The road less traveled (part 2)

June 4, 2017

     Without a doubt, I can truly say that my week spent in Luján, Buenos Aires was an enjoyable, inspiring, and life-changing experience. I was even thrilled to have the opportunity to travel to the federal capital of Buenos Aires with Barbi and her husband. Although it was only for one day, the trip was very much worth it. That Sunday night, after returning to the house tired, but content, I was ready to begin my week in shadowing Barbi as she went to the different private schools where she teaches at every day. On Monday, during the second half of the day, I went with her to Colegio Angel Gutierrez, which is an institution that offers English education in three distinct levels. These three levels include jardín de infantes (kindergarden), nivel primario, (primary level) and nivel secundario (secondary level). But, at this particular school, Barbi only teaches the younger children. Of course, the small pupils were perplexed upon my entrance into the classroom but after introducing myself to them, they were eager, enthusiastic and curious to learn about U.S culture. 

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     Although I was technically on a vacation during this week of May, which is a perfect time to sleep in in the morning, that Tuesday for Barbi and I (May 23) began at around 7:00 AM. But, this time, I didn’t mind sacrificing sleep because I knew that I was about to meet many dedicated students, passionate for learning, especially about U.S culture. I prepared a PowerPoint presentation specifically for them that shared who I am and also talked about the cultural differences that I have observed here in Argentina such as diet/cooking, the concept of time and religion.  We arrived at Colegio Nuestra Señora de Luján, the oldest private catholic school in the area, at approximately 7:30 AM. I was in awe at the vastness of the institution and the number of students who filled the hallways, and marveled in amazement of how much energy they had at this time of morning. I delivered presentations to adolescent students in distinct classes that were divided up according to their English level. In our discussions, I also asked them to share any stereotypes that they have when they hear about the United States or meet someone from the country. Words began to jump out from left and right such as Trump, the wall, McDonalds, junk food, power, money and so much more! I was even more thrilled when, after classes were over, students gathered around me to ask more questions about my experiences here in Argentina. Barbi told me that their curiosity of learning so much about me is a result of the fact that not many foreign exchange students visit their school. Therefore, they wanted to take advantage of the opportunity to know more about me as an individual from the U.S.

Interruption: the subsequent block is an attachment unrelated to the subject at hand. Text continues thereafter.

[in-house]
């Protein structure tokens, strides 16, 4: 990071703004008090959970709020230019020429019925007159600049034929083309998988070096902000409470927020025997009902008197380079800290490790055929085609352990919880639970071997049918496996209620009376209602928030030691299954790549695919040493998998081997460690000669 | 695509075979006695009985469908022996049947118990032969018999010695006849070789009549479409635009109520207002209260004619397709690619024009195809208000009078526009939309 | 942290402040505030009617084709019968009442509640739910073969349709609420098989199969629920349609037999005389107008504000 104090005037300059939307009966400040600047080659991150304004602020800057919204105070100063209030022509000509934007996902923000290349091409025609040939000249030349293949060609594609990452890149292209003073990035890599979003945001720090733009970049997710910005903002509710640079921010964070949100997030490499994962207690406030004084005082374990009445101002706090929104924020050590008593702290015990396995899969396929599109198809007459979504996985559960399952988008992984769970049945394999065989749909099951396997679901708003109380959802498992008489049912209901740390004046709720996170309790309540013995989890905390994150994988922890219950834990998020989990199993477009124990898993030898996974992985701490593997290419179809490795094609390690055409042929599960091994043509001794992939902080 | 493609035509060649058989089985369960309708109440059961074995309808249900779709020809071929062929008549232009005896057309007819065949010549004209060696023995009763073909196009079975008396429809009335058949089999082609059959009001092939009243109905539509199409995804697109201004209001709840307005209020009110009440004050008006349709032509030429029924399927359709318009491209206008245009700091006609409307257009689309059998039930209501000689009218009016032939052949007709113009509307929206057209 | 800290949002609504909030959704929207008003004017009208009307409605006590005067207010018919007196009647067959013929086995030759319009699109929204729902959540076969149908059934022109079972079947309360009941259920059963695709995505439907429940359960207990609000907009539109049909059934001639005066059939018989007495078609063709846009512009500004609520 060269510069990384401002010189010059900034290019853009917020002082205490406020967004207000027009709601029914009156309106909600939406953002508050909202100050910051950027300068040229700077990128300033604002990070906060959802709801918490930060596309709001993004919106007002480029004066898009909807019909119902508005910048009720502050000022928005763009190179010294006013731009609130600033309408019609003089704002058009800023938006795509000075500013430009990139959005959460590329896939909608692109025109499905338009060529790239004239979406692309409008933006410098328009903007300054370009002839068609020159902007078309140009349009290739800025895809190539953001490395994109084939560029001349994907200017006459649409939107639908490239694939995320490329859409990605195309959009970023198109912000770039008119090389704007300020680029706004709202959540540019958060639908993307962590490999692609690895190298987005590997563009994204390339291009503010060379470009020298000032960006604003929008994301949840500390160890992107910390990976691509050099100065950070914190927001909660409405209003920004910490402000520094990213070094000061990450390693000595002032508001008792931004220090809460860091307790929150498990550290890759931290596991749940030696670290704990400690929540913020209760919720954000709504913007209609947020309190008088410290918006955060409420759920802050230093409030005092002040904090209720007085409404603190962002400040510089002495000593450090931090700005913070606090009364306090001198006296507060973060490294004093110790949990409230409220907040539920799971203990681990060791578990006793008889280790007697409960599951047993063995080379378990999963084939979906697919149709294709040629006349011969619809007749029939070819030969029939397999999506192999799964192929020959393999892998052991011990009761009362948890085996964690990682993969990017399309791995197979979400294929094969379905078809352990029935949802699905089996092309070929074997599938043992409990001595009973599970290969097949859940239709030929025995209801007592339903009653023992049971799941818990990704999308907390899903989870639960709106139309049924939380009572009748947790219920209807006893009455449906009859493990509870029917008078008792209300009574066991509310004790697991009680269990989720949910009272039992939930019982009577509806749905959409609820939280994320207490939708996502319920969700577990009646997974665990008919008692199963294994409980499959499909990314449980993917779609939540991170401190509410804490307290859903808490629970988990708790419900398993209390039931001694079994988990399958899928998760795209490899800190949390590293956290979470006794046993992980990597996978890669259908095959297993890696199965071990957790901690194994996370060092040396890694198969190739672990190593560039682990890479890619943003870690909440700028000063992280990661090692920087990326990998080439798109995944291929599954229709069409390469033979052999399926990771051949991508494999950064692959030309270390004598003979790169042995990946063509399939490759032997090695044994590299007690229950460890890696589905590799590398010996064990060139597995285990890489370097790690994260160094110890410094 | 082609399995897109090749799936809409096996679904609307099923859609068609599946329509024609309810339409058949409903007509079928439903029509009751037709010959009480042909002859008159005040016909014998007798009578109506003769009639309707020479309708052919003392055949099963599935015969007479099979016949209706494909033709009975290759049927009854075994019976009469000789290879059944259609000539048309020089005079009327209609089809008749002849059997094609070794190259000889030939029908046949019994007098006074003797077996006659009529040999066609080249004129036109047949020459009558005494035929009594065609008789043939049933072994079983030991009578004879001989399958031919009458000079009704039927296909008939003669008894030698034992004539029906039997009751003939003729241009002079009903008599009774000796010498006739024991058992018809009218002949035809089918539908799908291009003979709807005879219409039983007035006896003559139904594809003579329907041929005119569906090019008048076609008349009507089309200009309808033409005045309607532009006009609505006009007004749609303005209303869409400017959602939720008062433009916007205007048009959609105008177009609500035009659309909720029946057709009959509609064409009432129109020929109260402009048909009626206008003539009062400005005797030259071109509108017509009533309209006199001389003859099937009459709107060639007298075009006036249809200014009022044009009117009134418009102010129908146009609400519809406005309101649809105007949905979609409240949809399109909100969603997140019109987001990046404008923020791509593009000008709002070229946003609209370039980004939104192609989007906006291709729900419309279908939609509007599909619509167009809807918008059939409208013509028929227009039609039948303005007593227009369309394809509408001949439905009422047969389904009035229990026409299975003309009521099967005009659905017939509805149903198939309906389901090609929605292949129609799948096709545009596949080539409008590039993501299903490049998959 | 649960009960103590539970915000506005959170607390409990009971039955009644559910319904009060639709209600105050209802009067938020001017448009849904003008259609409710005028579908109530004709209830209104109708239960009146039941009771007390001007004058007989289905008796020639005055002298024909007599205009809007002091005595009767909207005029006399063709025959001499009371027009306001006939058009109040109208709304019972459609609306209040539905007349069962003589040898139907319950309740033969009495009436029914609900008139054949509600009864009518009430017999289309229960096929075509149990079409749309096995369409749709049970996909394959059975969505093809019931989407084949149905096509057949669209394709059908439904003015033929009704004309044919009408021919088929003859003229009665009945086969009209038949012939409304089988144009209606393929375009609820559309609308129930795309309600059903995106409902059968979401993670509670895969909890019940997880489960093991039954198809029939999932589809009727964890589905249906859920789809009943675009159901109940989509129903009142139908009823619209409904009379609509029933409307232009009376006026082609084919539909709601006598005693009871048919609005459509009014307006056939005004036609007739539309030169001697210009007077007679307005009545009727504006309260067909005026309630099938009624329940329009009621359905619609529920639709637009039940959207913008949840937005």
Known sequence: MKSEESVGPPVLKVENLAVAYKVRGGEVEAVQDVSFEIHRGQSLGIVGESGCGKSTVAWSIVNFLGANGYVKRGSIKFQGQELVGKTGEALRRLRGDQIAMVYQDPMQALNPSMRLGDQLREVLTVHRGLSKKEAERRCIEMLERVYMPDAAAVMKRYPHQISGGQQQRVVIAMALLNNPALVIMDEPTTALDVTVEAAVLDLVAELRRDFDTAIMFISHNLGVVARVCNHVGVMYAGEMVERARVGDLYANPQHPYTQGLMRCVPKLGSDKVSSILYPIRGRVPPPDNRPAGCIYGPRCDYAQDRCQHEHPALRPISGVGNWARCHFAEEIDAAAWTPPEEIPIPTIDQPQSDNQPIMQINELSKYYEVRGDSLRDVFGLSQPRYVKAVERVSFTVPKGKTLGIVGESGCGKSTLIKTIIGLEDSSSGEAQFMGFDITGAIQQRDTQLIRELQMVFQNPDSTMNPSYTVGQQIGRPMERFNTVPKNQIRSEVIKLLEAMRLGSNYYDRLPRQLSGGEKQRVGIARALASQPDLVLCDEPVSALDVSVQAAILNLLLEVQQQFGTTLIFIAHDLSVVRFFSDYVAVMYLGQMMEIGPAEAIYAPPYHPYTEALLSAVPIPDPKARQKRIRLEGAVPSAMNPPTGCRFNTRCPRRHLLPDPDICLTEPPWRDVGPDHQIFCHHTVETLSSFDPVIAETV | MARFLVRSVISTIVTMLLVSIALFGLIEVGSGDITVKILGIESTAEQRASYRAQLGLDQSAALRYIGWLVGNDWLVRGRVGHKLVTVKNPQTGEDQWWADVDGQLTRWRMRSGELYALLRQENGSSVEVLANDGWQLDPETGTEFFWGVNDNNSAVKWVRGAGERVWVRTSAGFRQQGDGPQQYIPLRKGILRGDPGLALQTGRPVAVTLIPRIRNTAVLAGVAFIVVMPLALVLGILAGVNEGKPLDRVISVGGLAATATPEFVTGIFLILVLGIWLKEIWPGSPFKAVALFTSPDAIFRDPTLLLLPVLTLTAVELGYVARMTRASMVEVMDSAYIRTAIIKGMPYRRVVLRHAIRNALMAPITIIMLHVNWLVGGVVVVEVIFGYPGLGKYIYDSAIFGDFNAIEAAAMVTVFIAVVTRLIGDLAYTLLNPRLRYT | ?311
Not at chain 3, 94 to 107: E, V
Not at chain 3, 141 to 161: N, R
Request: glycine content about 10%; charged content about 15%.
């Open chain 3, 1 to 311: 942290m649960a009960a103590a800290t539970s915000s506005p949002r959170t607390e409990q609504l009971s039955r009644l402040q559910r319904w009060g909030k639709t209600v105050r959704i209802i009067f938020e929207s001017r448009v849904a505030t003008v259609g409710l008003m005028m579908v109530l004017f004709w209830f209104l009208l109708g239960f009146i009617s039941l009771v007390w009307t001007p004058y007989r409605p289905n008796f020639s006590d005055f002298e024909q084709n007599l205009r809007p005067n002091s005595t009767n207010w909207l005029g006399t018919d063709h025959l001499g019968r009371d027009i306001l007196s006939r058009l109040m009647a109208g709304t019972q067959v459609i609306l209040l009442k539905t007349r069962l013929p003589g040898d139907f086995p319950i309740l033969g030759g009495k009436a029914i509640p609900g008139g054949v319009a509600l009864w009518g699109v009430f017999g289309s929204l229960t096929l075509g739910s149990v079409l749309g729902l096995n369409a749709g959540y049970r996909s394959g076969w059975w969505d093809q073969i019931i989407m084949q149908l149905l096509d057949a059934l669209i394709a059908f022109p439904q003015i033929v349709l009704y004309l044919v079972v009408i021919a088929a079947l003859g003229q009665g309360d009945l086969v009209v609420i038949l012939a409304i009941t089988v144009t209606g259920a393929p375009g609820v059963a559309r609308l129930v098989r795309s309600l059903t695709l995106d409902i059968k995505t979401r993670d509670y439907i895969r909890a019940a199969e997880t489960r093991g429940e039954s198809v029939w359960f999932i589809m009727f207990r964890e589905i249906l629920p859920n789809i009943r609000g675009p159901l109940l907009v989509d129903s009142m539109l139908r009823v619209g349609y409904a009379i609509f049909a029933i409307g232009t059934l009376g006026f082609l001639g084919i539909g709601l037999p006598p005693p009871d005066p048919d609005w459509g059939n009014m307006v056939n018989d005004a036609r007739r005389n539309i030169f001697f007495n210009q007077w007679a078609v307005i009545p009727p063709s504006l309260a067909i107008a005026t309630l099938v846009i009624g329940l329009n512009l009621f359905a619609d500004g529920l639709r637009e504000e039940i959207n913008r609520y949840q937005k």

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     During the second half of the day, Barbi and I went straight to another private school, Colegio San Patricio en Luján, about fifteen minutes from the previous institution. There, I shared even more presentations with both younger and older students. In total, I gave at least twelve presentations, so by the end of the day, I was definitly worn out. But, I was also happy that students had the opportunity to learn more about U.S culture, ask their questions and share their concerns.  For instructors here in Argentina who teach at private institutions, hopping from  school to school each day to teach different groups of students is considered the norm. The salary for teachers here is not the best, and for this reason, many have to work extra hours and teach many classes.